I hold certain principles very dearly, not least Ahimsa, the practice of non-violence. I am about as open to discussion in these cases as I am regarding the existence of “God”, and if I can help it I save that for a sober and quiet talk with a close friend.

Anyway, I have no interest in trying to win over a career politician, ignorant kid or their like, that can’t see the asymmetry of their beliefs, when we can simply get drunk together, talk about the accelerating technological progress, David Simpson’s book Dawn Of The Singularity, or the unbearable shortness of the skirts at the party.

Summary: not two-faced

No, there is nothing insincere or fork-tongued about this.

Know your purpose. Choose your battles.

If you really want to get to the philosophical bottom of an argument, make sure to pick the right timevenue and person for it. An acquaintance at a dinner party, or worse yet, a stranger at a club, is not a fitting opportunity.

TIP: begin your answers with acknowledging their points: “You are right. I agree that…“, before saying anything remotely contrary to their position. But best refrain from countering altogether.

NOTE: this isn’t quite as cynical as you might think. By letting them win, you might actually find you understand their perspective and learn something new for real.

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Coin toss decisions

Thinking slow fast — how to combine reasoned and intuitive thinking in practical ways to arrive at high quality decisions. This chapter of “The Playbook” (or “Just One” as my book might eventually be named) presents my best practices for effective decision making, such as minimizing the risk of a total loss, the coin toss, always saying yes, Just-Say-No, the non-pros-cons list, pre mortems, the trust-no-one imperative, and the art of indefinite postponement.

Why and how intuitive decision making works

The Master And His Emissary: the right side hemisphere of the brain (RBH) tells you what the right decision is. Left brain tries to make a linear, logical decision based on pros and cons (that really don’t mean anything without RBH context). RBH only supplies the story to the LBH for it to have something of a narrative to pretend to understand, and to dig deeper into details of respective item, then it hands it all back to the RBH which then knows which argument is THE important one. Don’t let your LBH kidnap the decision!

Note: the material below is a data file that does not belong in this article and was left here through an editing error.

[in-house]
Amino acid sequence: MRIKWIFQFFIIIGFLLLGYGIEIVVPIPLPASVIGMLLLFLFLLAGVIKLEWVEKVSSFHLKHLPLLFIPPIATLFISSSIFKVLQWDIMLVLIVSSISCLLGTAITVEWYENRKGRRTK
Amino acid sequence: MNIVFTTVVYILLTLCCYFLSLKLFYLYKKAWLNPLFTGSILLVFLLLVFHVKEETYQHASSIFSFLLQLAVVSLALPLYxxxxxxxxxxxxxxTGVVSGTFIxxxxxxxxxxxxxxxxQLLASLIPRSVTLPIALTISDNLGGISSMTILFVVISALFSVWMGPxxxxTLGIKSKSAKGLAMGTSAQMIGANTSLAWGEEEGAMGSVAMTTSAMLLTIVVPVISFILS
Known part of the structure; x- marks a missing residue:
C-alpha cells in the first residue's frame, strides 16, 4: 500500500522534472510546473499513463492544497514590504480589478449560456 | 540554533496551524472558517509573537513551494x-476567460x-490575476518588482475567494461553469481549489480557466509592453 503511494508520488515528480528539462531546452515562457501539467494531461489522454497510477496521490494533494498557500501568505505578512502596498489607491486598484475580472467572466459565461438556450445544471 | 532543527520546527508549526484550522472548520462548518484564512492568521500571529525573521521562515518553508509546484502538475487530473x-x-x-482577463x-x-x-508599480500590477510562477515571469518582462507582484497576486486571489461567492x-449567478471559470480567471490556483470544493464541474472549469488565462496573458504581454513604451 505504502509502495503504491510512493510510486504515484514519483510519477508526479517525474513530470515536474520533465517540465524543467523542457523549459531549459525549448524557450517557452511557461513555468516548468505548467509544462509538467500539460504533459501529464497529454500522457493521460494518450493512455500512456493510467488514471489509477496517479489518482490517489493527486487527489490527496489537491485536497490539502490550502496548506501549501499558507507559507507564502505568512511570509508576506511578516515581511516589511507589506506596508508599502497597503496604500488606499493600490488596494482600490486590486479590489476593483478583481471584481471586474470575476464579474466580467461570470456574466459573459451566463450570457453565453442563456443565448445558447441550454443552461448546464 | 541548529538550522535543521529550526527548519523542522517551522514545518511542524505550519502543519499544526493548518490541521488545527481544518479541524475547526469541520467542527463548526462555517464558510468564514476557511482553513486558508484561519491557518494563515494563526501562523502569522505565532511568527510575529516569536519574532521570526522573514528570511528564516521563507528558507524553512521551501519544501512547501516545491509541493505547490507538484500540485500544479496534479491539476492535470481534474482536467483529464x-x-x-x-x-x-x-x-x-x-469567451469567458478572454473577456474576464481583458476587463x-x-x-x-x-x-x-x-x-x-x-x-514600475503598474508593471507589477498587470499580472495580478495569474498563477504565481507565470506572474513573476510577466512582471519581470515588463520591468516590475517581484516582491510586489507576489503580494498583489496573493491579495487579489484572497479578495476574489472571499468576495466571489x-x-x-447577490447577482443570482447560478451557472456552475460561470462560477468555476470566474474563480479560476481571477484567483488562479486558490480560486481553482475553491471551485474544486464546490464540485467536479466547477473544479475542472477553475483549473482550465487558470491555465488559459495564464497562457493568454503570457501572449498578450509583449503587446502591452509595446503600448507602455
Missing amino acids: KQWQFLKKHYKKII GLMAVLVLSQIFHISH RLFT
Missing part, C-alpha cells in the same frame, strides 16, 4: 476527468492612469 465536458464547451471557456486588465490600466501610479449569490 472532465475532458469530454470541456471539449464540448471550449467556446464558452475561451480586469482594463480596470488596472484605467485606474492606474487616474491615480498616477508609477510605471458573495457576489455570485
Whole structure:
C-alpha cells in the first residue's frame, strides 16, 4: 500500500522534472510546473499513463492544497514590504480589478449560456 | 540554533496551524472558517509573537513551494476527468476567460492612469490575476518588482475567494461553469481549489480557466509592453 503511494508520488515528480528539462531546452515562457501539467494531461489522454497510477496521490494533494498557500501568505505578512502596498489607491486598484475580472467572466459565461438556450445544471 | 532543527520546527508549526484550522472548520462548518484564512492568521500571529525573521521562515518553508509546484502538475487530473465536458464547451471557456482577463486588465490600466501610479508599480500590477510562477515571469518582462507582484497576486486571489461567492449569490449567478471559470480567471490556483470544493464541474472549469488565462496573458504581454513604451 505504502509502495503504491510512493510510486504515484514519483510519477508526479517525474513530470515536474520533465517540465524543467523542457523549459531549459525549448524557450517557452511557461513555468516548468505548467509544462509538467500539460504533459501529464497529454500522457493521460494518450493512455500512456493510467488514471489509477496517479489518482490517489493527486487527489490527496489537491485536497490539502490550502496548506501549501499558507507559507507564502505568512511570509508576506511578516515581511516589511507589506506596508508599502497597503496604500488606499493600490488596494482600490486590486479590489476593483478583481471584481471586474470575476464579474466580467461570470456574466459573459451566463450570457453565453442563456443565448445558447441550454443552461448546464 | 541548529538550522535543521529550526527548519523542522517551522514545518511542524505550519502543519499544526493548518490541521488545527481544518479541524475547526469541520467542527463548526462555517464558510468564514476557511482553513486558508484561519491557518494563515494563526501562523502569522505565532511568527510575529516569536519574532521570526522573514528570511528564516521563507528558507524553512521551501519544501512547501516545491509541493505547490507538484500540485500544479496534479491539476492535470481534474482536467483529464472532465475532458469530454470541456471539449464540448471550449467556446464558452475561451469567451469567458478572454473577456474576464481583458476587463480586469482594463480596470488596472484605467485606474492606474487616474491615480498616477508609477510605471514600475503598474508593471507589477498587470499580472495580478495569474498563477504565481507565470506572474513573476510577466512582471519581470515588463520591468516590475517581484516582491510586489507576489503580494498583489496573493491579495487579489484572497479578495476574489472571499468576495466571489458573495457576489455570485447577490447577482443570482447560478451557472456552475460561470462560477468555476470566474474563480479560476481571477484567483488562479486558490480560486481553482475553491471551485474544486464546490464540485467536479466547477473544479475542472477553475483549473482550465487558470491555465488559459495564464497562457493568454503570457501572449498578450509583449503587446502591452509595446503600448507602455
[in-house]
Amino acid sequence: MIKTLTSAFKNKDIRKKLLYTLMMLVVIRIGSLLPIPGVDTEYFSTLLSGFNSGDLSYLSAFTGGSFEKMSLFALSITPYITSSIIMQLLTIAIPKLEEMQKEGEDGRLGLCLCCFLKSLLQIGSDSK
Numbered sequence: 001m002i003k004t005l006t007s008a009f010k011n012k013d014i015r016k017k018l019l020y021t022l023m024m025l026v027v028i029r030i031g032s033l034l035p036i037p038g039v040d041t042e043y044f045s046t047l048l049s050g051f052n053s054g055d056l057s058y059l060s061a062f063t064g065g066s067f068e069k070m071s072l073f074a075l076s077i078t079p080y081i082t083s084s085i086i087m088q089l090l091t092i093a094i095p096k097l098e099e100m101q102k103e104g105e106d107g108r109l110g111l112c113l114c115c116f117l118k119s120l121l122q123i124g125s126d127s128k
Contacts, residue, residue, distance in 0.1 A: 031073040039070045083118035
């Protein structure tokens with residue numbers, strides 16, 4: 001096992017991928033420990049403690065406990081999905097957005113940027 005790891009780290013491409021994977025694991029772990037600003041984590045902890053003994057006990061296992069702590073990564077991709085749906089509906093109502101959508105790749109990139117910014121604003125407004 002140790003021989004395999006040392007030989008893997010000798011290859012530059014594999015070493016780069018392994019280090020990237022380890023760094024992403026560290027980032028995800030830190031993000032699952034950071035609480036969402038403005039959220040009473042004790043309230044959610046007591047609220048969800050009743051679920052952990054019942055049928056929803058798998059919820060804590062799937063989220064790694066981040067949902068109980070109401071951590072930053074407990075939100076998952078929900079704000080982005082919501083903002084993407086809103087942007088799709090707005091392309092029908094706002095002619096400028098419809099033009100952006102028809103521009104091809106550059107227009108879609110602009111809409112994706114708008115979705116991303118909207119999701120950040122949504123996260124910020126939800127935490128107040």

The decision quality illusion

An acquaintance sets you up on a blind date. It turns out to be the love of your life. Was going on the date a good quality decision?

Probably not. Going on a blind date set up by somebody who hardly knows you is much more likely to lead to a complete waste of time. On the other hand, it completely depends on your particular constraints regarding time, money, friends and “game[ How good you are with the initial attraction of a potential partner]”

If you lend someone $20

and never see that person again,

it was probably well worth it

You bet hard on a poker hand with a 98 per cent win chance. You lose. Was it a bad quality decision?

Nope! It was just bad luck, that the 2 per cent probability of losing happened to manifest itself in this universe. The outcome of a decision has very little to do with the quality of the decision, since more things can happen than actually do happen. Sometimes the unlikely happen, no matter the quality of the decision process. Adverse outcomes that only have 1% probability of happening still occur around 1% of the time.